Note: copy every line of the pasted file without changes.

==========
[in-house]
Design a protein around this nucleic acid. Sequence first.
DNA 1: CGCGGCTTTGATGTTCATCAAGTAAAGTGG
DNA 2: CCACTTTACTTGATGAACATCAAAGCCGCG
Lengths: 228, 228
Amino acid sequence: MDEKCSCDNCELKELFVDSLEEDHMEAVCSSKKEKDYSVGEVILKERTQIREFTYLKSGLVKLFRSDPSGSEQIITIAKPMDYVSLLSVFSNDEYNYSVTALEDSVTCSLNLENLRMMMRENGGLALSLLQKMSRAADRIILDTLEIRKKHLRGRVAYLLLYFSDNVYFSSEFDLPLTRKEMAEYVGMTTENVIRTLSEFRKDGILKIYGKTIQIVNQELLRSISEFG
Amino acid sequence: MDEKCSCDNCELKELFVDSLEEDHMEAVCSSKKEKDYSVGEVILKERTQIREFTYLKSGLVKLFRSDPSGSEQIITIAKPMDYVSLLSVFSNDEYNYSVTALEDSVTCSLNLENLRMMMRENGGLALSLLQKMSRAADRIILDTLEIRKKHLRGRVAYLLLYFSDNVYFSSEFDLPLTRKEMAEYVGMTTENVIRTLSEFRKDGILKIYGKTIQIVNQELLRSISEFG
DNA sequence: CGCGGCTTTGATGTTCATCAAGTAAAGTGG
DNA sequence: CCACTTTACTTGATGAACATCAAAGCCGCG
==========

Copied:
[in-house]
Design a protein around this nucleic acid. Sequence first.
DNA 1: CGCGGCTTTGATGTTCATCAAGTAAAGTGG
DNA 2: CCACTTTACTTGATGAACATCAAAGCCGCG
Lengths: 228, 228
Amino acid sequence: MDEKCSCDNCELKELFVDSLEEDHMEAVCSSKKEKDYSVGEVILKERTQIREFTYLKSGLVKLFRSDPSGSEQIITIAKPMDYVSLLSVFSNDEYNYSVTALEDSVTCSLNLENLRMMMRENGGLALSLLQKMSRAADRIILDTLEIRKKHLRGRVAYLLLYFSDNVYFSSEFDLPLTRKEMAEYVGMTTENVIRTLSEFRKDGILKIYGKTIQIVNQELLRSISEFG
Amino acid sequence: MDEKCSCDNCELKELFVDSLEEDHMEAVCSSKKEKDYSVGEVILKERTQIREFTYLKSGLVKLFRSDPSGSEQIITIAKPMDYVSLLSVFSNDEYNYSVTALEDSVTCSLNLENLRMMMRENGGLALSLLQKMSRAADRIILDTLEIRKKHLRGRVAYLLLYFSDNVYFSSEFDLPLTRKEMAEYVGMTTENVIRTLSEFRKDGILKIYGKTIQIVNQELLRSISEFG
DNA sequence: CGCGGCTTTGATGTTCATCAAGTAAAGTGG
DNA sequence: CCACTTTACTTGATGAACATCAAAGCCGCG